Case Analyses in Renal Cell Carcinoma - Episode 5

Case 1: Practical Considerations in mRCC

The expert panel discusses practical considerations when choosing first-line treatment in mRCC in light of CLEAR trial data.

Robert Motzer, MD: Let’s address some of the practical considerations and management of patients with lenvatinib-pembrolizumab. One of the points is the dosing of lenvatinib. There are different doses that we use in different regimens for RCC [renal cell carcinoma]. Tom, you’ve been involved in the development of lenvatinib-pembrolizumab and lenvatinib-everolimus. Can you speak to the dose of lenvatinib used in these programs and the rationale for it?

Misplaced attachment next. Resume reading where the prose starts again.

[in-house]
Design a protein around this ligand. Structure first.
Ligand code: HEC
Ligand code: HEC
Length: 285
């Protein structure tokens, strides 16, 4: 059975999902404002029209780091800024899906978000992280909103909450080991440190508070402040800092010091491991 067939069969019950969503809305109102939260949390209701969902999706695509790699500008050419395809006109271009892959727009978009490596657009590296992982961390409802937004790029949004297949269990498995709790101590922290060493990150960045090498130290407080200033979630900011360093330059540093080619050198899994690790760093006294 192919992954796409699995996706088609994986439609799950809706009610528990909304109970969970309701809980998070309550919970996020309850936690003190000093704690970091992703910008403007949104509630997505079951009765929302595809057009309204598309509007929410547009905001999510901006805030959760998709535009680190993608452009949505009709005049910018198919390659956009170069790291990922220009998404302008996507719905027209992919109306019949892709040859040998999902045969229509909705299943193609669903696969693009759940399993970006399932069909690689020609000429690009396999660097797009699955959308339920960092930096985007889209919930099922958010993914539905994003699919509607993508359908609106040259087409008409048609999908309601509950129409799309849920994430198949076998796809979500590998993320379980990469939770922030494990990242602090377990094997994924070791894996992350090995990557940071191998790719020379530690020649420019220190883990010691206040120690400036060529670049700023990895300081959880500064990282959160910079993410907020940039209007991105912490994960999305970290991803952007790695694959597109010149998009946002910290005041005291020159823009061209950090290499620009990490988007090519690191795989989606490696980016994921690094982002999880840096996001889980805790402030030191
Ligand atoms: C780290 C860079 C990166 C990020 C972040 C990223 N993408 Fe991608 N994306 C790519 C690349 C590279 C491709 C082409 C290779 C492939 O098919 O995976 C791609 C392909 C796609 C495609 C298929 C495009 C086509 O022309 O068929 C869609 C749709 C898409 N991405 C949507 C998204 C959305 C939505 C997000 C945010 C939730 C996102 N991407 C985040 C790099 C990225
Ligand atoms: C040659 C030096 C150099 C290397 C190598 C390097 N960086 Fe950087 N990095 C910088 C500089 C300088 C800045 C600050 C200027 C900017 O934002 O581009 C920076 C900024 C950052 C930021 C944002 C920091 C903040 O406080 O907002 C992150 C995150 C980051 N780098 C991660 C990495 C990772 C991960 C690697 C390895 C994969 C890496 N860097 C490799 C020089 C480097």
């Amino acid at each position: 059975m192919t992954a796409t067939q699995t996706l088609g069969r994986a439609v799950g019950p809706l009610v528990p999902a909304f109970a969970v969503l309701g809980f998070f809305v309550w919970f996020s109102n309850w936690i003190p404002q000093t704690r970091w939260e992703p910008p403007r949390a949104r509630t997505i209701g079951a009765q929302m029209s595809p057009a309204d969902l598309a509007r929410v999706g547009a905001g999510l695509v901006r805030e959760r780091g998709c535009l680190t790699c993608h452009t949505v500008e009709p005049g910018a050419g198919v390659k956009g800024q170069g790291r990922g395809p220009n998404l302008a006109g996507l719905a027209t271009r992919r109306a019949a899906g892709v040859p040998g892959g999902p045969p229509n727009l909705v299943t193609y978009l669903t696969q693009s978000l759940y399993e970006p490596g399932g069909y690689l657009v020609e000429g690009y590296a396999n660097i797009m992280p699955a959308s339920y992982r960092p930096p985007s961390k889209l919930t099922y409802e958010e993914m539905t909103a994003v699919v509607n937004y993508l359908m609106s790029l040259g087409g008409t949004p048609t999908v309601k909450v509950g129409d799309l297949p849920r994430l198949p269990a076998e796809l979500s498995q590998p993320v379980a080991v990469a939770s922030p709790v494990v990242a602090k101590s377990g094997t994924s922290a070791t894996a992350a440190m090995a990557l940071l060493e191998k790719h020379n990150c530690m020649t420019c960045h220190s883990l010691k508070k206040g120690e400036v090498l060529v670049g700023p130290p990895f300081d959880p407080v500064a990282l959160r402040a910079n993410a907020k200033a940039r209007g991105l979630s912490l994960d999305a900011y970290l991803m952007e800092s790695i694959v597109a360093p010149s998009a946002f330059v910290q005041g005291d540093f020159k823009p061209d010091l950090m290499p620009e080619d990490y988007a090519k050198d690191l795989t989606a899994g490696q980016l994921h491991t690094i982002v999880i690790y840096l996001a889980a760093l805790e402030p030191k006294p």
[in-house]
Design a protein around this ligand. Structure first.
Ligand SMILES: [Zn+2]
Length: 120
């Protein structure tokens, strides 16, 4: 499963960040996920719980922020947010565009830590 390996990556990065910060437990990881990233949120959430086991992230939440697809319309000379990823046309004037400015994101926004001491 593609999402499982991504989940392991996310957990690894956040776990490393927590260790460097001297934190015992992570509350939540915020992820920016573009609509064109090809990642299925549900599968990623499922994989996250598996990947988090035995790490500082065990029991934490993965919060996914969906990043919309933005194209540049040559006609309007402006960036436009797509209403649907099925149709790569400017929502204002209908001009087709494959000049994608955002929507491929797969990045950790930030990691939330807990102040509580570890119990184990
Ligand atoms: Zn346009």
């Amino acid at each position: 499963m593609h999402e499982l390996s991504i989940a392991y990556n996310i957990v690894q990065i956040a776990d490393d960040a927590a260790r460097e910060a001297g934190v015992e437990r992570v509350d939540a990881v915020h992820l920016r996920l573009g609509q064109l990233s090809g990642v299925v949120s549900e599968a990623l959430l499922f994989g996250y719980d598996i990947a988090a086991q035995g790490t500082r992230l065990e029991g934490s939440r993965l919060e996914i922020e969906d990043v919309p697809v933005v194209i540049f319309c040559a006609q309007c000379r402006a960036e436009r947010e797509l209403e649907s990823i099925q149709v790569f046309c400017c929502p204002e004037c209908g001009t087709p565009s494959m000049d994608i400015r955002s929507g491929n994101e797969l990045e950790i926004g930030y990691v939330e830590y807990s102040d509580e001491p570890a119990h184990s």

Tom Hutson, DO, PharmD: The company spent a lot of time trying, at least early in the days when it was being developed, to understand lenvatinib as a single agent. What makes lenvatinib special is that it does more than just inhibit VEGF receptor. One of the receptors, a putative receptor that potentially makes it a therapy for refractory disease or to help with angiogenic escape, is its ability to inhibit FGF, and there’s some early preclinical work that suggests that the higher dose levels were needed to appropriately inhibit FGF. You’ll see across a couple of cancer tumor types that it’s approved for, being given as high as 24 mg. The company has tried to take that understanding of higher doses needed to inhibit and try to find ways it can be combined with other agents and still maintain its efficacy but also be tolerable.